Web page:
Surely we can agree that stuffing the body of a baby into a bag and leaving it on an apartment balcony for a building superintendent to find is an abominable act. And that it shouldn’t much matter—legally or morally—whether the child died after, during or just before birth.
Or should it?
That was the question before the Supreme Court of Canada in R. v. Levkovic, the latest gut-wrencher to emerge from the legal vacuum left when Canada’s abortion law was struck down in 1988.
The accused, a former stripper then living in Mississauga, Ont., was charged under Sec. 243 of the Criminal Code, which says:
Every one who in any manner disposes of the dead body of a child, with intent to conceal the fact that its mother has been delivered of it, whether the child died before, during or after birth, is guilty of an indictable offence and liable to imprisonment for a term not exceeding two years.
Levkovic’s lawyers argued at trial that the co-existence words “child” and “before” in this context are problematic. Since the 1988 Morgentaler decision, the court has resolutely refused to recognize an unborn fetus as a person with rights that might compete against those of its mother. In Levkovic’s case, medical investigators couldn’t say for sure whether the baby had died before, during or after birth.
So, Levkovic’s lawyers argued, the legislation is unconstitutionally vague: if Levkovic’s baby died before birth, then what they were talking about was a “failed pregnancy” and, under Canadian case law, women have an exclusive right to decide whether to disclose a failed pregnancy.
The trial judge agreed, striking the word “before” from the legislation in a move that ultimately led to Levkovic’s acquittal. But that finding was overturned by the Ontario Court of Appeal.
Today, the Supreme Court found a way to uphold human decency without creating new rights for the fetus (I acknowledge the clanging contradiction of that statement to the ears of anti-abortionists). Sec. 243 is just fine, the high court ruled, because “it is focused on the event of birth;” if the accused knows that child is “likely to be born alive,” then the provision applies.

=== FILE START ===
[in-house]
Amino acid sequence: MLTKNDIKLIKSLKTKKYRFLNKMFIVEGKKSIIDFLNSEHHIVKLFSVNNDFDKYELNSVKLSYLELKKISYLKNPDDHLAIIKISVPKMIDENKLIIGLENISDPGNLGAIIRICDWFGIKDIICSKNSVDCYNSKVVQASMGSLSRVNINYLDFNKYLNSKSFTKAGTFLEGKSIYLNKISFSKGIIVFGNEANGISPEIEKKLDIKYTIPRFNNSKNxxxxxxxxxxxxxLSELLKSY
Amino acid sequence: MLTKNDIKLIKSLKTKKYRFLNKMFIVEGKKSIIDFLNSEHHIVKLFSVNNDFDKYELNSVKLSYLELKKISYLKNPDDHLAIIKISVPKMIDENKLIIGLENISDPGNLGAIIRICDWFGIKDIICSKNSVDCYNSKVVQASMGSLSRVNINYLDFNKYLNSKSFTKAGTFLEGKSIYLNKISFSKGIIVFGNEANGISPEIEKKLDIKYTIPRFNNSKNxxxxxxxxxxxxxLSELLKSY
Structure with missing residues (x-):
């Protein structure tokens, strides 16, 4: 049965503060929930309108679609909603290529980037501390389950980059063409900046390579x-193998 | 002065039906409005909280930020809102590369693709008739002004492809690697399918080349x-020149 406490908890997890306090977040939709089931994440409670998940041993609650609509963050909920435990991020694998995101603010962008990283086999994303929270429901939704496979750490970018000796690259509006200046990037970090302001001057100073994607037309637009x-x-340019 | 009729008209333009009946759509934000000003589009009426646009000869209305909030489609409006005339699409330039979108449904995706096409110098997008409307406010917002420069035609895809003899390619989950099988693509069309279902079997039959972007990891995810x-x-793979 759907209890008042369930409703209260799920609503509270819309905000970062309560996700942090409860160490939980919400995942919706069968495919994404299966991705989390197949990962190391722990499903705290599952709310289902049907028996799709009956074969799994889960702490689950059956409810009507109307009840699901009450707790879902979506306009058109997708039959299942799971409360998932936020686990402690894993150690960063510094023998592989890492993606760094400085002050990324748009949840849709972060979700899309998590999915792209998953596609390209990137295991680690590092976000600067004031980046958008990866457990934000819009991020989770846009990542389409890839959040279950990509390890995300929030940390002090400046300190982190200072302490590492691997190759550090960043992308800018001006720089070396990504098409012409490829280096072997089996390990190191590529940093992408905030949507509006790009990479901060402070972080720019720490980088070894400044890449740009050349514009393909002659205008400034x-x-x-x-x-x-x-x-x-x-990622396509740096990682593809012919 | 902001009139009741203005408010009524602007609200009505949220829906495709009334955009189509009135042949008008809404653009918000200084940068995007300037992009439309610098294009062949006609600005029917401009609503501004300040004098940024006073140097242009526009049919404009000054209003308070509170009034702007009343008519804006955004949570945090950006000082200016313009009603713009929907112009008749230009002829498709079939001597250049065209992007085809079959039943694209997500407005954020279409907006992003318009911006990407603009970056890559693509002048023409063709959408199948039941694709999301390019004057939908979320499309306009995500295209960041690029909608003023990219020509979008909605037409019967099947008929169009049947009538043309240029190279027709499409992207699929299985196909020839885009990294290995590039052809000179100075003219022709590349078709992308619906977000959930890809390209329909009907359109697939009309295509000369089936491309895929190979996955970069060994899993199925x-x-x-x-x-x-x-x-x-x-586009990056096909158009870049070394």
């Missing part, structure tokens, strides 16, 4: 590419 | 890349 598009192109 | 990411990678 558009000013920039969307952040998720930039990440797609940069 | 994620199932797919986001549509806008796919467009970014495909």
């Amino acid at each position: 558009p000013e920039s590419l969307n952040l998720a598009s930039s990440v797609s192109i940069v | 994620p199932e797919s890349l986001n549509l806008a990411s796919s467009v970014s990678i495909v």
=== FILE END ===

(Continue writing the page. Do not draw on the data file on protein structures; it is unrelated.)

So it all hangs on what the accused knows about the state of her child, which in most cases will turn on medical evidence. In Levkovic’s case, medical evidence concluded the child was born “at or near to term.” Her case will now go back for a new trial.
I wouldn’t call this a brave decision. Really, it’s an exercise in minimalism, which side-steps the big questions this miserable case raises: at what point during gestation is a fetus worthy of any protection whatsoever? Never? Is it really an attack on the hard-won abortion rights of women to even acknowledge some level of moral obligation of society to the just-about-to-be-born?
You can read here about the steps that led us to this point, and how it sets us apart from such unregenerate socail-conservative strongholds as Sweden the U.K. And here’s my look at the absurdities it produced during the Levkovic hearing at the Supreme Court.
In the end, though, I don’t think anyone really expected the court to use this case to weigh in on fetal rights. It has said over and over—right back to Morgentaler—that such questions are the proper purview of Parliament. And the chances of Parliament tackling this question, with any party in power, evidently rank somewhere around those of Canada winning the World Cup of soccer.
Under the circumstances, it made sense for the court to do the least it could do.